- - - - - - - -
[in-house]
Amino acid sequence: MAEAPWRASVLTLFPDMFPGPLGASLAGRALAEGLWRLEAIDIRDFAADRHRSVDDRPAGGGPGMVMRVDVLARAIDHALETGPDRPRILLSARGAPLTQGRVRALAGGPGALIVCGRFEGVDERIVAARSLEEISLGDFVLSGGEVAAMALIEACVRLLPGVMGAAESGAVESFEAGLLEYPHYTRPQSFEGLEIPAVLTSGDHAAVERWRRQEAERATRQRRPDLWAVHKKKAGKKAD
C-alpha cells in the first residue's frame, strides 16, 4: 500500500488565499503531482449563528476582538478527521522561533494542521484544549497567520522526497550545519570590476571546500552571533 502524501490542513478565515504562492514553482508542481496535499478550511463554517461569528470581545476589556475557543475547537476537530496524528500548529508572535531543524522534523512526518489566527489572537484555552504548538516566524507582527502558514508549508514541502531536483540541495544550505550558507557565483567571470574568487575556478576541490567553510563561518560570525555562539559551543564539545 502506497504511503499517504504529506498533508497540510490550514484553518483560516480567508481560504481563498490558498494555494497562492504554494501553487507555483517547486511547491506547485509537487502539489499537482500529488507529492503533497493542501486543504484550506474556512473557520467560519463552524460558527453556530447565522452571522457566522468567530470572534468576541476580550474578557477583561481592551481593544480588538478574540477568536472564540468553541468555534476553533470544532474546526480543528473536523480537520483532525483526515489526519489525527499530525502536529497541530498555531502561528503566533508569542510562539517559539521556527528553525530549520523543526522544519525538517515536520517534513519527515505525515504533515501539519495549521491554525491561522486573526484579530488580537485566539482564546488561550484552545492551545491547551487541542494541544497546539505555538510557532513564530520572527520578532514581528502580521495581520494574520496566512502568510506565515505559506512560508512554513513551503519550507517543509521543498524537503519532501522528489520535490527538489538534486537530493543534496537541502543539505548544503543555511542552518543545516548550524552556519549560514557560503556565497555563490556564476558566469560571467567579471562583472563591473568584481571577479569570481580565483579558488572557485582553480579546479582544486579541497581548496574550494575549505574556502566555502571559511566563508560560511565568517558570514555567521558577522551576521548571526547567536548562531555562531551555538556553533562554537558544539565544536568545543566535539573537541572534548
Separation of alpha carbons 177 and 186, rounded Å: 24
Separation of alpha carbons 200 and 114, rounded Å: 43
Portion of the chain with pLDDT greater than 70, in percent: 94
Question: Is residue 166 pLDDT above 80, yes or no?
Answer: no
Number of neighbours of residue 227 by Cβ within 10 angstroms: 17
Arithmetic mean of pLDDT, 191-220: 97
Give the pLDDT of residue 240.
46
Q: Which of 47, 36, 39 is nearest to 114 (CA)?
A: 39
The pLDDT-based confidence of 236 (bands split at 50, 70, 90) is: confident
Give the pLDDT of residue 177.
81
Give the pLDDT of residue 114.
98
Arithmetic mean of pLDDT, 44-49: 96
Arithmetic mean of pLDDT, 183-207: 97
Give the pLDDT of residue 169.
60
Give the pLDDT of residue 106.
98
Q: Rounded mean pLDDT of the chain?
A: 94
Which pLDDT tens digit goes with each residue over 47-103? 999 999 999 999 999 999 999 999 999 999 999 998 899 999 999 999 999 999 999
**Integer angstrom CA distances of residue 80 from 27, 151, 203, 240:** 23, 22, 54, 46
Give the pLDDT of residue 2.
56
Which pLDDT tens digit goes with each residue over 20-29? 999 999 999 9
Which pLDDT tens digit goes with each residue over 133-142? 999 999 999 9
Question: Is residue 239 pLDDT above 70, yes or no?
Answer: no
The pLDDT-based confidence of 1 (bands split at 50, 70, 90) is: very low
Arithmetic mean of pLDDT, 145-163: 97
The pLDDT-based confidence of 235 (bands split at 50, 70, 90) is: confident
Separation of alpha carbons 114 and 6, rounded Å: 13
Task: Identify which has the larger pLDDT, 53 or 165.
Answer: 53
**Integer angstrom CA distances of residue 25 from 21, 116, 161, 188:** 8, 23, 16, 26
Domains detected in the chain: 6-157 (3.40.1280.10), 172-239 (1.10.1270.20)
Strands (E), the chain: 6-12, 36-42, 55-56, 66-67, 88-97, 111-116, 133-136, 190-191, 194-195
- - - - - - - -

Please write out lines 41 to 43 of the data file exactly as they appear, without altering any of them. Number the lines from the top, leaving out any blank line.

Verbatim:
Answer: 53
**Integer angstrom CA distances of residue 25 from 21, 116, 161, 188:** 8, 23, 16, 26
Domains detected in the chain: 6-157 (3.40.1280.10), 172-239 (1.10.1270.20)